Blackboard is invested in the usability and accessibility of all our products and services. In keeping with our strong tradition of leadership around accessibility, our products are generally designed and developed with internationally recognized Web Content Accessibility Guidelines (WCAG), as well as Section 508 of the Rehabilitation Act of 1973, as amended, in mind. Blackboard strives to meet the globally recognized WCAG 2.1 Level AA success criteria and conducts regular third-party accessibility testing of its products to assess conformance with industry standards.

All documents are available in English only.

Accessibility compliance: Blackboard Learn with the Ultra experience

More on Blackboard’s commitment to accessibility

Please direct any questions and concerns to [email protected].

About the structure of Blackboard Learn pages

A logical heading structure is in place to properly structure the page and allow users to navigate using headings. Headings are used consistently throughout the application. This gives users the ability to understand the structure of any page in the application quickly, and move to the appropriate section of the page or content item easily.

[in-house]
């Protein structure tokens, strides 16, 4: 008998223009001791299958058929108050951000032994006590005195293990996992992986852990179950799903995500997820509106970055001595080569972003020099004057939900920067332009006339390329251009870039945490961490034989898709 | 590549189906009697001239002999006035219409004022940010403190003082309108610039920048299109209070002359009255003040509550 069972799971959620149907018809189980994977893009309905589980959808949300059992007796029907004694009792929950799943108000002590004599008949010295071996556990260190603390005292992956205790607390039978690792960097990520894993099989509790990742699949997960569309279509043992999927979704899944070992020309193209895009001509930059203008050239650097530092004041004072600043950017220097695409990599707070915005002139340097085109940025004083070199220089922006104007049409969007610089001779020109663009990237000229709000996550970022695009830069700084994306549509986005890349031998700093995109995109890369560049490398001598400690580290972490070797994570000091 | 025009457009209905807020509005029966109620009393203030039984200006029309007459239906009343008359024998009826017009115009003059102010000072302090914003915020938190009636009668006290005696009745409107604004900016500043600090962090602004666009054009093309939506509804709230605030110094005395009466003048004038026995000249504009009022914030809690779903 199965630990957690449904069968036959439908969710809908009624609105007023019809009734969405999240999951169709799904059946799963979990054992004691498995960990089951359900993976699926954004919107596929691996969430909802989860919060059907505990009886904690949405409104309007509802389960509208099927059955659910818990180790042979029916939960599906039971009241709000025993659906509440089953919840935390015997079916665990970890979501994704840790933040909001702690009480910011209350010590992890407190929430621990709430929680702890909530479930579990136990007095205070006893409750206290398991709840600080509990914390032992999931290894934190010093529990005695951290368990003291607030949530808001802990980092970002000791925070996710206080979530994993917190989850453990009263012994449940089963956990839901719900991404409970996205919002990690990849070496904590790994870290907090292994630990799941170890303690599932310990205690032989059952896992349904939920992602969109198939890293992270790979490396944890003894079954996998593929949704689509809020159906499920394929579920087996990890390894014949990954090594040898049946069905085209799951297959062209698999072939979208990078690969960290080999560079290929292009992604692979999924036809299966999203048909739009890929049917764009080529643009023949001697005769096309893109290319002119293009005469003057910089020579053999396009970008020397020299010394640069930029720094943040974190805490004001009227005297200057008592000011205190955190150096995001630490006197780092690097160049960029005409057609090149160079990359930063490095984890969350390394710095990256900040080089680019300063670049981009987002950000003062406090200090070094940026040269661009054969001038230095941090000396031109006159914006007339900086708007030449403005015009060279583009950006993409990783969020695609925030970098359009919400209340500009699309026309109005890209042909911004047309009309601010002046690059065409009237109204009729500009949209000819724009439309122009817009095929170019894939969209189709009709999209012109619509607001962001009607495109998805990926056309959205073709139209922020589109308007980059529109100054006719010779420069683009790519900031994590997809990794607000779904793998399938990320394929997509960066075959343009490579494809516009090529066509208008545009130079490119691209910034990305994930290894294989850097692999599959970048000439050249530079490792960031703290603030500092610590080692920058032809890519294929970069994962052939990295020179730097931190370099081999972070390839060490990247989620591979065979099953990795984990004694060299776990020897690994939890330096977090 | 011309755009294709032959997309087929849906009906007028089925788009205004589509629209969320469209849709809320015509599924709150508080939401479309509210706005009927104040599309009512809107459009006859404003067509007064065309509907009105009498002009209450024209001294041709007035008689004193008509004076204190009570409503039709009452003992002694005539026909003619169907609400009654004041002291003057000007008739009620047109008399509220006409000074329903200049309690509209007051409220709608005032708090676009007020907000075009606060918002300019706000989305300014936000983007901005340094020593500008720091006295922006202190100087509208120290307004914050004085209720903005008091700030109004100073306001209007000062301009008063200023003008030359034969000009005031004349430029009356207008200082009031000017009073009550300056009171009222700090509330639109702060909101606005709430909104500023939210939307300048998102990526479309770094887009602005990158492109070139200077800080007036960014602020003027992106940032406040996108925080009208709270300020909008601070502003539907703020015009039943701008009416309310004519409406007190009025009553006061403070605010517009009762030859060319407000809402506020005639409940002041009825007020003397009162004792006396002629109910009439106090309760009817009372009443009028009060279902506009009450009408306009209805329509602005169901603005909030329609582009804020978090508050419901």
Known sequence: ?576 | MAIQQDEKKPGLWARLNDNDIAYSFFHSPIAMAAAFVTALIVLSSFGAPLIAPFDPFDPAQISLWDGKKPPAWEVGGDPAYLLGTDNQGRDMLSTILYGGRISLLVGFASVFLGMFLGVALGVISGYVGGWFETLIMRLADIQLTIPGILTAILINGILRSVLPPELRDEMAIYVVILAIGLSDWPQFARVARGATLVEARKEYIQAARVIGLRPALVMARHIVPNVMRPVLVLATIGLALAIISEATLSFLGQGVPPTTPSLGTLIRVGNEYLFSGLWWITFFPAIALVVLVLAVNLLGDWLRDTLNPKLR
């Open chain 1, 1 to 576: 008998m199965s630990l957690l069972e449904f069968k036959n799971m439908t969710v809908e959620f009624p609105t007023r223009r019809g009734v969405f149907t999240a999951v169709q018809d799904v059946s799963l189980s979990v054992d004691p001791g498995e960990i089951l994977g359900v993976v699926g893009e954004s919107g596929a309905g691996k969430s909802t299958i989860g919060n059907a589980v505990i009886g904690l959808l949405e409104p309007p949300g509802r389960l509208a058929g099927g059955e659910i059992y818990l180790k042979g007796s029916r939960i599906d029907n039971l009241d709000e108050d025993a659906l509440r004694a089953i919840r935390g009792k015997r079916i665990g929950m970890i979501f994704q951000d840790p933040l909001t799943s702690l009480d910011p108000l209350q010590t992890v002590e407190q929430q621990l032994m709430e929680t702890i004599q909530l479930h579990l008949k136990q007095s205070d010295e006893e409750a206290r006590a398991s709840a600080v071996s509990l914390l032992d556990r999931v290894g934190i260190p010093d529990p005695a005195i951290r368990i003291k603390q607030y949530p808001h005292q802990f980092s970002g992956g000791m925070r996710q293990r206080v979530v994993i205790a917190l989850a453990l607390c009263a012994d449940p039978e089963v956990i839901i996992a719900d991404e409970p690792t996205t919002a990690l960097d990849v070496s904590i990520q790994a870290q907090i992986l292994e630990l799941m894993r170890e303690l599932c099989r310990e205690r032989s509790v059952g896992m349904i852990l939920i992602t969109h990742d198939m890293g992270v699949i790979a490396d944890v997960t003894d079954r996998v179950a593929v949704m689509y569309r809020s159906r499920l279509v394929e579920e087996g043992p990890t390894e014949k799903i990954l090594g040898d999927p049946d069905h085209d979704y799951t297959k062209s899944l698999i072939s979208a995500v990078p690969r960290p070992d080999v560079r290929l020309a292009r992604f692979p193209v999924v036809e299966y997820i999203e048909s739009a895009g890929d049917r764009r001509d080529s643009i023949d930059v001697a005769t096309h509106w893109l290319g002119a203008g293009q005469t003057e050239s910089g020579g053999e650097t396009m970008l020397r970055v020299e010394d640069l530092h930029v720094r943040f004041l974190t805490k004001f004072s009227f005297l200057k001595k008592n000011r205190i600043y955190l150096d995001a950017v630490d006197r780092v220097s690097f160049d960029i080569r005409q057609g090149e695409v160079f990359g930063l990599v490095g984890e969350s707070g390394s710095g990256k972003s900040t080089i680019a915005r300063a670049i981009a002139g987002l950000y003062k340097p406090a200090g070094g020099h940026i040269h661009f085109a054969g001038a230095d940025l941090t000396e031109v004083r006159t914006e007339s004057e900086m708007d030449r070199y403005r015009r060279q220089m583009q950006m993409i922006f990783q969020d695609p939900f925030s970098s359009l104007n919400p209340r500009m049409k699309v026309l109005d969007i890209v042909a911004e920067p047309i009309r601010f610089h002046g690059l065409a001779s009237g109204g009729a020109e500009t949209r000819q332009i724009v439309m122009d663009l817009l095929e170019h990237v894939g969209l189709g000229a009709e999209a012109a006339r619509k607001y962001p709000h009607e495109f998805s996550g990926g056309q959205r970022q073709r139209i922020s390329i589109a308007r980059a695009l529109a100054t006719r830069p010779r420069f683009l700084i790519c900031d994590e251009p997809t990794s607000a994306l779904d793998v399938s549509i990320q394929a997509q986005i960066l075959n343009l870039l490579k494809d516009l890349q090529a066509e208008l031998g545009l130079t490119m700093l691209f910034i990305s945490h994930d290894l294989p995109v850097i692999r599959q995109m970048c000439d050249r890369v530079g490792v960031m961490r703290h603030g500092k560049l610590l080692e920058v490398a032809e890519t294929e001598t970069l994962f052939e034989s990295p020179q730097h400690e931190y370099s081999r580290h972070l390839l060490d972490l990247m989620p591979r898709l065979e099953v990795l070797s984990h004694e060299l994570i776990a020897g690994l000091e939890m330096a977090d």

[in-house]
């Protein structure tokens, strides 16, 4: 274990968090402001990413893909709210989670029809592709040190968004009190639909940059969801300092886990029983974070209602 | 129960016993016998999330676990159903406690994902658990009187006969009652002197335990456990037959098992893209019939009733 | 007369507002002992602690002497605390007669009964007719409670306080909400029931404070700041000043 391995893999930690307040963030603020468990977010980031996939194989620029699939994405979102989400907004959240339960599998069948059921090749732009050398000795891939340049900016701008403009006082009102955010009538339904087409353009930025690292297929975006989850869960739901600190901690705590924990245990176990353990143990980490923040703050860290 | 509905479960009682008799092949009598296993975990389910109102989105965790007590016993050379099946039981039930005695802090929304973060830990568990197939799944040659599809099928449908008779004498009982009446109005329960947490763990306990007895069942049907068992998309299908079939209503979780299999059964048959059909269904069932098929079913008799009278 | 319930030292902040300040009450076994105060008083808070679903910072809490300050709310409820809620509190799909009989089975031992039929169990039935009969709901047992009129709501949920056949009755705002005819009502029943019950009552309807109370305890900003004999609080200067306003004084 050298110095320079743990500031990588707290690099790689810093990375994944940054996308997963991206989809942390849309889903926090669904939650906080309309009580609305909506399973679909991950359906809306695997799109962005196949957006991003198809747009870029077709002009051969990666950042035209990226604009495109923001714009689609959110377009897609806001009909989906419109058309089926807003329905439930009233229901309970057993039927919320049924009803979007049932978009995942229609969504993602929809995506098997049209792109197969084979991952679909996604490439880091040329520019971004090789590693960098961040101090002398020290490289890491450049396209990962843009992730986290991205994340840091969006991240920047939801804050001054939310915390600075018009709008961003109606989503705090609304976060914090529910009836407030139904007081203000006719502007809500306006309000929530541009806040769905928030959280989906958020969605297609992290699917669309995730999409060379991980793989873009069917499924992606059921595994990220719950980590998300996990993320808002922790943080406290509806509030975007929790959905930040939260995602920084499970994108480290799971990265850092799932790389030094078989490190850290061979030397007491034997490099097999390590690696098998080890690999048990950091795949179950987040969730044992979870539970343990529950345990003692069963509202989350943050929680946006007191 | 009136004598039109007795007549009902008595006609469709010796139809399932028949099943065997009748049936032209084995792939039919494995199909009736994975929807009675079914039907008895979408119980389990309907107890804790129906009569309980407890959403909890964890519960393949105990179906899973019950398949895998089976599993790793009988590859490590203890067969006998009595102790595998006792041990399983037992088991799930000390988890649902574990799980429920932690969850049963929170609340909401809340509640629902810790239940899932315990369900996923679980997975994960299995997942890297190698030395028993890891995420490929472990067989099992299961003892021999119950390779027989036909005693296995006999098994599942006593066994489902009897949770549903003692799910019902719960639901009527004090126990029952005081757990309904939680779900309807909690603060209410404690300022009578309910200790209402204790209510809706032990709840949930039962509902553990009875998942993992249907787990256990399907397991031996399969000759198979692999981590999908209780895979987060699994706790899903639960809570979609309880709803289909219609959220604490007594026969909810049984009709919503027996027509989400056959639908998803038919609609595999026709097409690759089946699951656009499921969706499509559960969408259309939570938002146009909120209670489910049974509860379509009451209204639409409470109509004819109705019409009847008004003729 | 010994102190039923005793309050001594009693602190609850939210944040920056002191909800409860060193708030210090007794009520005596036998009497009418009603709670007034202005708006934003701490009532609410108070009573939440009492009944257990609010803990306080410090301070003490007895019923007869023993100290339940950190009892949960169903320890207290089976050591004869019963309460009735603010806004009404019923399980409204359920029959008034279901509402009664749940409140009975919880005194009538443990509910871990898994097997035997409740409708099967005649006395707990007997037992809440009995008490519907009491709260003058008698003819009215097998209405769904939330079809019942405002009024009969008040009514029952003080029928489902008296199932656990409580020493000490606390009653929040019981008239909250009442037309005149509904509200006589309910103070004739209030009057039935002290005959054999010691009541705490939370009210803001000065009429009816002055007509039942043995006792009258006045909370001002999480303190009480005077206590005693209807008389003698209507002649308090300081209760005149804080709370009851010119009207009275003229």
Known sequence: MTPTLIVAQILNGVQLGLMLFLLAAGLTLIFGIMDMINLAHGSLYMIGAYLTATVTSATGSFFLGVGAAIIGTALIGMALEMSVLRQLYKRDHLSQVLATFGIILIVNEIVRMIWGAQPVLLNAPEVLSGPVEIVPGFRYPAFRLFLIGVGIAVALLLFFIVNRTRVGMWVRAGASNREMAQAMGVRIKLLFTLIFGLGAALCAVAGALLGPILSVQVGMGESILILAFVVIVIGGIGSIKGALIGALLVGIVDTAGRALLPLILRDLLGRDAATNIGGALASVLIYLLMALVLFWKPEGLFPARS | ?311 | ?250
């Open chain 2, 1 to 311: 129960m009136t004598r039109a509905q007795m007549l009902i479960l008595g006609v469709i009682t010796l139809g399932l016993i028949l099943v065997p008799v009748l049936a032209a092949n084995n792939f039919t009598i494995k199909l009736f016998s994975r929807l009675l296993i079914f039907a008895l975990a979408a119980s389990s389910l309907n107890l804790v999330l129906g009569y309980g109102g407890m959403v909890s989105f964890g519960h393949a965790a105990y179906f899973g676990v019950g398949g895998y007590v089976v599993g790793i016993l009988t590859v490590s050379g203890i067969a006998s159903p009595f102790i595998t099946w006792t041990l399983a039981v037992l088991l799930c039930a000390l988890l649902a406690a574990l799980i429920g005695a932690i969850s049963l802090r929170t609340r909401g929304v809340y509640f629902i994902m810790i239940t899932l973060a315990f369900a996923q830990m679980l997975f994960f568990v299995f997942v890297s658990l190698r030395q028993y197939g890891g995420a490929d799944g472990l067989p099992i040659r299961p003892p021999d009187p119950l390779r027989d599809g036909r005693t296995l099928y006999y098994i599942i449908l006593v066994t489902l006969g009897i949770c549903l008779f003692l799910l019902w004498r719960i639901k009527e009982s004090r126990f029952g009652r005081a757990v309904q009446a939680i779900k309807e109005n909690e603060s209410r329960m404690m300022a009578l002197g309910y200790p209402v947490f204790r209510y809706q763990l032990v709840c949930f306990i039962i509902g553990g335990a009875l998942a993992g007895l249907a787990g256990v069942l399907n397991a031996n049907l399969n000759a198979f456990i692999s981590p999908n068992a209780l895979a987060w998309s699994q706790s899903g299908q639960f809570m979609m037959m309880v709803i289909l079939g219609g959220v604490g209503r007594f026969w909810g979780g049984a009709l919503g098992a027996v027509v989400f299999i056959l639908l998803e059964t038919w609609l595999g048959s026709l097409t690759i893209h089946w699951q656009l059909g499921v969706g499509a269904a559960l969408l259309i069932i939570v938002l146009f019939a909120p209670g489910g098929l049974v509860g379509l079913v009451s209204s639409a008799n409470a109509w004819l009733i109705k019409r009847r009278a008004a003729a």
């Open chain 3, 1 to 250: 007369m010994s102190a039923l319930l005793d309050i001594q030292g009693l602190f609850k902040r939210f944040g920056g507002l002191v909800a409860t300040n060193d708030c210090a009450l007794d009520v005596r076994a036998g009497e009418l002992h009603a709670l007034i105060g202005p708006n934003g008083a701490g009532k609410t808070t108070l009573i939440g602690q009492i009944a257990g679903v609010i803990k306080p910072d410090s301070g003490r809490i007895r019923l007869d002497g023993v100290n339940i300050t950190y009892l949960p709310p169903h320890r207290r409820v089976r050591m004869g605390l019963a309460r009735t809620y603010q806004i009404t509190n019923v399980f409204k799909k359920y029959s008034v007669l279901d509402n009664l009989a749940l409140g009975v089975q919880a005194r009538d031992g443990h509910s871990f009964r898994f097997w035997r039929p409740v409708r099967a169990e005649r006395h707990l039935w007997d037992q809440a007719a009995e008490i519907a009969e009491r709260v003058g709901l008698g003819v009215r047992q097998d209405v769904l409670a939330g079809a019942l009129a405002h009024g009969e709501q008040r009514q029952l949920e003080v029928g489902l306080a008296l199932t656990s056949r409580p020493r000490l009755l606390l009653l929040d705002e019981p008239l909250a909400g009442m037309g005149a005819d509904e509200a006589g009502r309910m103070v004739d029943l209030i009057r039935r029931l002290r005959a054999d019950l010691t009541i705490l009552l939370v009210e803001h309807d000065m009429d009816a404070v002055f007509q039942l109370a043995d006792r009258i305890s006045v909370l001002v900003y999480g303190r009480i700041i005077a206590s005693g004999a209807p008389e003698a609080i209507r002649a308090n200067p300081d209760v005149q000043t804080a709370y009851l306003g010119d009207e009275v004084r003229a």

As is required, a single H1 is provided to identify the page the user is looking at. In Blackboard Learn, the page title, for example “Course Documents,” is always the H1.

H2 headings are used to delineate major sections of a page. These headings are hidden and allow screen reader users to skip directly to each major page section. For example, a course page has two H2 headings: one for the course menu and one for the main content that is located immediately above the action bar on the content page.

H3 headings are typically used as the title of content items or key content elements on a page. For example, the title of an assignment on a “Course Documents” page is an H3 so the user easily finds it.

To reduce the visual clutter on a page, a number of elements are hidden until they receive either mouse or keyboard focus. After focus is given, these elements become active and follow typical keyboard interaction models.

Frames removed and replaced with DIVs and iFrames

Technical changes to the primary navigation in Blackboard Learn make navigation easier for visually-impaired users.

Frames have been completely removed from the Learn application and replaced with HTML5 compliant DIVs and iFrames. This change improves page printing, accessibility, and page navigation.